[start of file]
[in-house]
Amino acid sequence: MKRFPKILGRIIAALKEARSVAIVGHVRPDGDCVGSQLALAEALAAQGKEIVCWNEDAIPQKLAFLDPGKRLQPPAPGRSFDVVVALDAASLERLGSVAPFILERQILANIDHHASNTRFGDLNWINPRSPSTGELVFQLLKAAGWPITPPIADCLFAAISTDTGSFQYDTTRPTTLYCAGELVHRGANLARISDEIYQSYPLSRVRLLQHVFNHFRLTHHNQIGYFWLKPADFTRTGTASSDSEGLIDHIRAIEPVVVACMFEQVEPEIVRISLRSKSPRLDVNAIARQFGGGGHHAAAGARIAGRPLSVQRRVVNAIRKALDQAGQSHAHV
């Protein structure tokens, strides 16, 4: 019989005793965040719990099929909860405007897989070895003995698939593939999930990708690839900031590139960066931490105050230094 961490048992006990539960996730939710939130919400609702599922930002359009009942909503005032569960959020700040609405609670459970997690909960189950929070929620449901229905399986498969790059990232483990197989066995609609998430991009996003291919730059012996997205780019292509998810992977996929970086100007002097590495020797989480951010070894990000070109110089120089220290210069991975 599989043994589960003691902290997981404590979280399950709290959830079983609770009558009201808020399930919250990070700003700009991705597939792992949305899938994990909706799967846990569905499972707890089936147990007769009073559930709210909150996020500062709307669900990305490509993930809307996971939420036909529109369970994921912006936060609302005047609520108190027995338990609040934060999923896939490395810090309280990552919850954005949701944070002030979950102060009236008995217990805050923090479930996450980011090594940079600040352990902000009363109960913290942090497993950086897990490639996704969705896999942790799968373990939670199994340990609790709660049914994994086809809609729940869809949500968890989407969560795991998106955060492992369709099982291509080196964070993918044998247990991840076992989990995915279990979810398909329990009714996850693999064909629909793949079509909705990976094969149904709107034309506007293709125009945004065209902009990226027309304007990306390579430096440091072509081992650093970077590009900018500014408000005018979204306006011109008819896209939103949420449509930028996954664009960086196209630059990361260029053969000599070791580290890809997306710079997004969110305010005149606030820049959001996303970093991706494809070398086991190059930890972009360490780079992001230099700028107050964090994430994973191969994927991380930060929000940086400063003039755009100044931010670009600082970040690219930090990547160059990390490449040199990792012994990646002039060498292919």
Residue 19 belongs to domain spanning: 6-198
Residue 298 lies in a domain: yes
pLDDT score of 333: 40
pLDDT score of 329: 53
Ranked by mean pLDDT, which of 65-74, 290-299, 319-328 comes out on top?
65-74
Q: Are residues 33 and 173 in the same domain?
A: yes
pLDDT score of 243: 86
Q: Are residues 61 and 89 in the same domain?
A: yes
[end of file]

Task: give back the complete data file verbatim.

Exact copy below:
[in-house]
Amino acid sequence: MKRFPKILGRIIAALKEARSVAIVGHVRPDGDCVGSQLALAEALAAQGKEIVCWNEDAIPQKLAFLDPGKRLQPPAPGRSFDVVVALDAASLERLGSVAPFILERQILANIDHHASNTRFGDLNWINPRSPSTGELVFQLLKAAGWPITPPIADCLFAAISTDTGSFQYDTTRPTTLYCAGELVHRGANLARISDEIYQSYPLSRVRLLQHVFNHFRLTHHNQIGYFWLKPADFTRTGTASSDSEGLIDHIRAIEPVVVACMFEQVEPEIVRISLRSKSPRLDVNAIARQFGGGGHHAAAGARIAGRPLSVQRRVVNAIRKALDQAGQSHAHV
């Protein structure tokens, strides 16, 4: 019989005793965040719990099929909860405007897989070895003995698939593939999930990708690839900031590139960066931490105050230094 961490048992006990539960996730939710939130919400609702599922930002359009009942909503005032569960959020700040609405609670459970997690909960189950929070929620449901229905399986498969790059990232483990197989066995609609998430991009996003291919730059012996997205780019292509998810992977996929970086100007002097590495020797989480951010070894990000070109110089120089220290210069991975 599989043994589960003691902290997981404590979280399950709290959830079983609770009558009201808020399930919250990070700003700009991705597939792992949305899938994990909706799967846990569905499972707890089936147990007769009073559930709210909150996020500062709307669900990305490509993930809307996971939420036909529109369970994921912006936060609302005047609520108190027995338990609040934060999923896939490395810090309280990552919850954005949701944070002030979950102060009236008995217990805050923090479930996450980011090594940079600040352990902000009363109960913290942090497993950086897990490639996704969705896999942790799968373990939670199994340990609790709660049914994994086809809609729940869809949500968890989407969560795991998106955060492992369709099982291509080196964070993918044998247990991840076992989990995915279990979810398909329990009714996850693999064909629909793949079509909705990976094969149904709107034309506007293709125009945004065209902009990226027309304007990306390579430096440091072509081992650093970077590009900018500014408000005018979204306006011109008819896209939103949420449509930028996954664009960086196209630059990361260029053969000599070791580290890809997306710079997004969110305010005149606030820049959001996303970093991706494809070398086991190059930890972009360490780079992001230099700028107050964090994430994973191969994927991380930060929000940086400063003039755009100044931010670009600082970040690219930090990547160059990390490449040199990792012994990646002039060498292919």
Residue 19 belongs to domain spanning: 6-198
Residue 298 lies in a domain: yes
pLDDT score of 333: 40
pLDDT score of 329: 53
Ranked by mean pLDDT, which of 65-74, 290-299, 319-328 comes out on top?
65-74
Q: Are residues 33 and 173 in the same domain?
A: yes
pLDDT score of 243: 86
Q: Are residues 61 and 89 in the same domain?
A: yes